Burning cryptocurrencies and NFTs is comparable to setting cash or art on fire, although the process is a bit more complex than lighting a match.
But why would a crypto project want to destroy its own tokens? There are a number of reasons, which we’ll explore in this article.
What is a token burn?
First up: what does a token burn actually entail? The act of burning a digital asset involves sending it to a place from which it can never be retrieved, also known as a burn address, which effectively removes the digital asset from circulation by locking it up for eternity.
A burn address is a digital wallet that can’t be accessed because it doesn’t have a private key attached to it, like a lock that someone never built a keyhole for. Burn addresses are also sometimes referred to as eater addresses.
Sending a token to a burn address effectively removes the digital asset from its overall supply, locking it up in the hands of nobody and preventing the asset from ever being traded again.
Burning tokens can lead to an increase in the price of those tokens that are still in circulation. An asset’s price can be thought of as a relationship between supply and demand. If there’s less of an asset available to investors than there is demand for it, the asset will command a higher price as it’s traded. Inversely, if there’s an abundance of an asset that doesn’t meet the demand for it, the asset’s price will often fall.
By reducing the supply of tokens, burning tokens can create an imbalance in relation to demand that usually moves the price of the token upwards because of the asset’s increased scarcity.
Why some protocols burn tokens
On occasion, crypto projects will burn their tokens in much the same way that companies buy back their shares, absorbing the cost of stocks and returning value to investors in the form of a higher price for the security. For this reason, a project burning tokens can be interpreted as positive news, but it doesn’t always have an immediate effect on prices.
That’s because some token burns are automated to happen regularly or are disclosed well in advance, and are effectively priced into the value a token trades at well before the burn takes place. It’s also possible that other news regarding a digital asset can have a more outsized effect on any price movement.
Ethereum, the second largest cryptocurrency by market capitalization, has looked to burn mechanics as a method of transitioning users over to its new proof-of-stake network from proof-of-work. EIP-1559, an update introduced in August 2021, burns Ethereum gathered from fees associated with verifying transactions on the network. To date, it has removed $2.9 billion in Ethereum (2.5 million ETH) since it was introduced, according to Watch the Burn.
Bored Ape Yacht Club creator Yuga Labs’ Otherside metaverse project resulted in $157 million worth of Ethereum being burned as customers rushed to mint Otherdeed NFTs.
Another cryptocurrency that’s introduced a burn mechanic is meme coin Shiba Inu (SHIB). In April 2022, Shiba Inu developers launched the SHIB Burning Portal, with those who choose to burn their SHIB tokens receiving another token, burntSHIB, in exchange, which pays out rewards in the ERC-20 token RYOSHI.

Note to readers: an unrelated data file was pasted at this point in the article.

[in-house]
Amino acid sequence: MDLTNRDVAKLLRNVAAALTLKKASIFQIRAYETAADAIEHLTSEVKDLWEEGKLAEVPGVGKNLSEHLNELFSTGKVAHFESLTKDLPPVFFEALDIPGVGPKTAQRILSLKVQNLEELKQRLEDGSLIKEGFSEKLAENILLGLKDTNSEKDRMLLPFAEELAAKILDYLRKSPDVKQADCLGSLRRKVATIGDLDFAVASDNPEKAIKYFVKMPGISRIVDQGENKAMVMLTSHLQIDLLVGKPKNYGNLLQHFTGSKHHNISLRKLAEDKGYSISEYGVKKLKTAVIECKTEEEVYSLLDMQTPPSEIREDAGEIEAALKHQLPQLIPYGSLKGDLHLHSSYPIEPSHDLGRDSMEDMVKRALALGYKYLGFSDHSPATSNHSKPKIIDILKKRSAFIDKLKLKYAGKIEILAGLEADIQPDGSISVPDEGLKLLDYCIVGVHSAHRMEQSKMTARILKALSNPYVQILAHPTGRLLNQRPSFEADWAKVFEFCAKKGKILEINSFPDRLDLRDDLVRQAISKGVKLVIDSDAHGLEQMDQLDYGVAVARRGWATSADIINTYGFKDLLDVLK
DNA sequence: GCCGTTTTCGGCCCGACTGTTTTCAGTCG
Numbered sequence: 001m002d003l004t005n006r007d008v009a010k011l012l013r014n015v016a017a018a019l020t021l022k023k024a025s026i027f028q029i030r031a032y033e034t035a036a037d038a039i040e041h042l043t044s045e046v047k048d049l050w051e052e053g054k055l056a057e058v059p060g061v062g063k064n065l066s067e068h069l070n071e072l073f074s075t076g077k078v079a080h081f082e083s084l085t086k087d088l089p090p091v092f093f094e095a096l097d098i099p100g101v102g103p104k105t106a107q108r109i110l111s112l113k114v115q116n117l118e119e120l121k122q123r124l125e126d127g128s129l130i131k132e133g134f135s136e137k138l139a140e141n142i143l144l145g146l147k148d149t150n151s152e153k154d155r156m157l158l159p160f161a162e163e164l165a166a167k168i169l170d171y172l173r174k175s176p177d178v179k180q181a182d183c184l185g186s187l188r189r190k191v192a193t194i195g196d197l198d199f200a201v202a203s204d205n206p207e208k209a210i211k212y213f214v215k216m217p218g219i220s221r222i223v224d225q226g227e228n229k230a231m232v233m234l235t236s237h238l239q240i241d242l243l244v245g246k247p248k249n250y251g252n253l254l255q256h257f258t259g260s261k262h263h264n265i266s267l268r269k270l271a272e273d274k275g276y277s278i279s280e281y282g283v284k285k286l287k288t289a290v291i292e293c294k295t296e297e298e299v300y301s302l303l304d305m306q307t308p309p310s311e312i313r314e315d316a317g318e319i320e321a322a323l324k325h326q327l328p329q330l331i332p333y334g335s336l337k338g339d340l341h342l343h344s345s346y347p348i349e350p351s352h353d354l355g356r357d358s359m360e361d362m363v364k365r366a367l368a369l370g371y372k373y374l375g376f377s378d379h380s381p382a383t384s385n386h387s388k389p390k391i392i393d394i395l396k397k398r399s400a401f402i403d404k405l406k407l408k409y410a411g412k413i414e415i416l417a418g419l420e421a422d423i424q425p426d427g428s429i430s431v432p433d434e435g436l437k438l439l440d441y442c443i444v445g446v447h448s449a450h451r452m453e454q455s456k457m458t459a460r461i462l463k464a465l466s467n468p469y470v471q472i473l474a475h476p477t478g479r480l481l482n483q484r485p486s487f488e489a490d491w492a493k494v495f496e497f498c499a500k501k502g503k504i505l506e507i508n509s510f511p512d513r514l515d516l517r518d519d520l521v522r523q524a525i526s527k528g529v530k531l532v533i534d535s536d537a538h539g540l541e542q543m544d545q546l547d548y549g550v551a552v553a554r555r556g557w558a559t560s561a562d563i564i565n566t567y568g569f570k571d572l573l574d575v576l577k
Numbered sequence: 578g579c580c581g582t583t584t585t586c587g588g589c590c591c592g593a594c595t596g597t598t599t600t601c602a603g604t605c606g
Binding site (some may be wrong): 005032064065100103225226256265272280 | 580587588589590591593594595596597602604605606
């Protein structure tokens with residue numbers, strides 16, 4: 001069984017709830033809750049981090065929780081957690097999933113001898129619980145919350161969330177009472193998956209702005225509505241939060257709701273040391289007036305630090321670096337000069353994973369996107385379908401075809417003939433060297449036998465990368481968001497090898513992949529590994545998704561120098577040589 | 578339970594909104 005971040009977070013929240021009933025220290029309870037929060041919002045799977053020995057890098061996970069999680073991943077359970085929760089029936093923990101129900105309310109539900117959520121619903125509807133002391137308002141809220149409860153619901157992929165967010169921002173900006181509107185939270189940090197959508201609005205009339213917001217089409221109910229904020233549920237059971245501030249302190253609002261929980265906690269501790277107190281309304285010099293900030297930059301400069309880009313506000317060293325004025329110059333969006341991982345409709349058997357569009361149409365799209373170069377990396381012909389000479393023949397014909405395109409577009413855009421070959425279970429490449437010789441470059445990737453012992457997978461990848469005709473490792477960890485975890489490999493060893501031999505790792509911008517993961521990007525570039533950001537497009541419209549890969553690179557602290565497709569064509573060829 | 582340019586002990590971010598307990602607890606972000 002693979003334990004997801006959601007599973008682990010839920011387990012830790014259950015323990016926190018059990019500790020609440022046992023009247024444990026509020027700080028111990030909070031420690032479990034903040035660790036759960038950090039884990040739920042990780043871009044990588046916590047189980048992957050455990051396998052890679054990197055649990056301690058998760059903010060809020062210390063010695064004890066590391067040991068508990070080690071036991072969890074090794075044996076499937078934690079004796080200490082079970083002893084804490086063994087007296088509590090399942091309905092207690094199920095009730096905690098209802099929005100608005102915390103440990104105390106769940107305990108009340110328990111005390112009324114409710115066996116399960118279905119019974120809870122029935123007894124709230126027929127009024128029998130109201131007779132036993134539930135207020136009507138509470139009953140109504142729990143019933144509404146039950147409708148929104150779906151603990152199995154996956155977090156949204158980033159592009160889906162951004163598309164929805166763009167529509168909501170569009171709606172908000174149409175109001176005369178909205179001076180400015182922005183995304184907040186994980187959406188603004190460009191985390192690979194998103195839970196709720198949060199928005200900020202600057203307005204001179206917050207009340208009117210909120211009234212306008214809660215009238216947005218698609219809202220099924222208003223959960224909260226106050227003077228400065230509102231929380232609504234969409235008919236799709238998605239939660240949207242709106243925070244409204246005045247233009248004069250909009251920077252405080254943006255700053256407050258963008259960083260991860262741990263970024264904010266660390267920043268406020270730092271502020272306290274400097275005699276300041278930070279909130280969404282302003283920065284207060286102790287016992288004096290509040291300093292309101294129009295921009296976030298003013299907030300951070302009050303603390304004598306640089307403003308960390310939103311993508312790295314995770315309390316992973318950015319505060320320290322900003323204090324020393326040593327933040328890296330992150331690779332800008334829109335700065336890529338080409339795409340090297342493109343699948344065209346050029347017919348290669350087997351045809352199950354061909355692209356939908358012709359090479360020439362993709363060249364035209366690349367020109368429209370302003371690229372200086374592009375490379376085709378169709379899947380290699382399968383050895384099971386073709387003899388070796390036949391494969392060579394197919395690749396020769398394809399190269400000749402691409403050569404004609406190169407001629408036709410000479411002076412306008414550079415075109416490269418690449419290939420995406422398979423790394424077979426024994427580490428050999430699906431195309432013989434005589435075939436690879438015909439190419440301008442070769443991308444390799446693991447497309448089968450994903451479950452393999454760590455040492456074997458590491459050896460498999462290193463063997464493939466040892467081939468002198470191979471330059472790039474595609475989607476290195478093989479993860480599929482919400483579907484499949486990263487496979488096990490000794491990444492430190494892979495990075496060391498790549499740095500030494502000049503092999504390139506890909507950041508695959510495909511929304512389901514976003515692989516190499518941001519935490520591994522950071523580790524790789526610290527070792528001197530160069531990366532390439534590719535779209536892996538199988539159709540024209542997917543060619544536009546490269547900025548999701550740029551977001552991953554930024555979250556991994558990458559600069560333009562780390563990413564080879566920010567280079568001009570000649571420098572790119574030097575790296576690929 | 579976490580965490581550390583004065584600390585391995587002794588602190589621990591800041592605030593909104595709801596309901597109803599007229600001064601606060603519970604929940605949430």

Some algorithmic stablecoins use burning as a method of keeping the asset pegged at a certain price. The mechanic works by burning tokens when the asset’s price is low to reduce supply and better match demand. Often, algorithmic stablecoins mint more of the currency to increase the overall supply when the opposite situation occurs.
However, the viability of the algorithmic stablecoin burn-mint mechanism has come into question since the collapse of Terra’s stablecoin UST in May, which saw the value of both UST and the LUNA token used in the burn-mint mechanism plummet to almost zero. To date, no stablecoin has been able to consistently maintain its price peg using only algorithms or burn methods.
Some blockchains use a system called proof-of-burn to verify transactions and reward miners that send cryptocurrency to burn addresses. Miners gain permission from the protocol to write blocks by sending cryptocurrency–which can be native to the blockchain or from others, such as Bitcoin–to the burn address.
As well as burning conventional crypto tokens, it’s also possible to burn non-fungible tokens (NFTs), with some NFT projects incorporating burn mechanics into their brands. Examples of NFT projects that have made use of token burn mechanics include:
- Burn.art – A project that uses a cryptocurrency called ASH, which is derived from burning NFTs, as an entrypoint to its marketplace. The project was created by the celebrated NFT artist Pak and allows users to burn their NFTs in exchange for ASH, potentially boosting the value of NFTs from the same collection that are still in supply and granting users access to the platform.
- WAGDIE – A collection of morose pixelated avatars that plays off of the popular phrase in the crypto community “we’re all going to make it.” As an unconventional marketing tactic, WAGDIE bought a Mutant Ape NFT that was worth thousands of dollars and burned it as a tribute to their project.
Ownership and personal control are at the crux of digital currencies and the ability to burn them is part of that. Being able to do what you want with your digital assets is key to the principles they were initially built on, even when that means renouncing your ownership of them in a way which ensures they can never see the light of day again.
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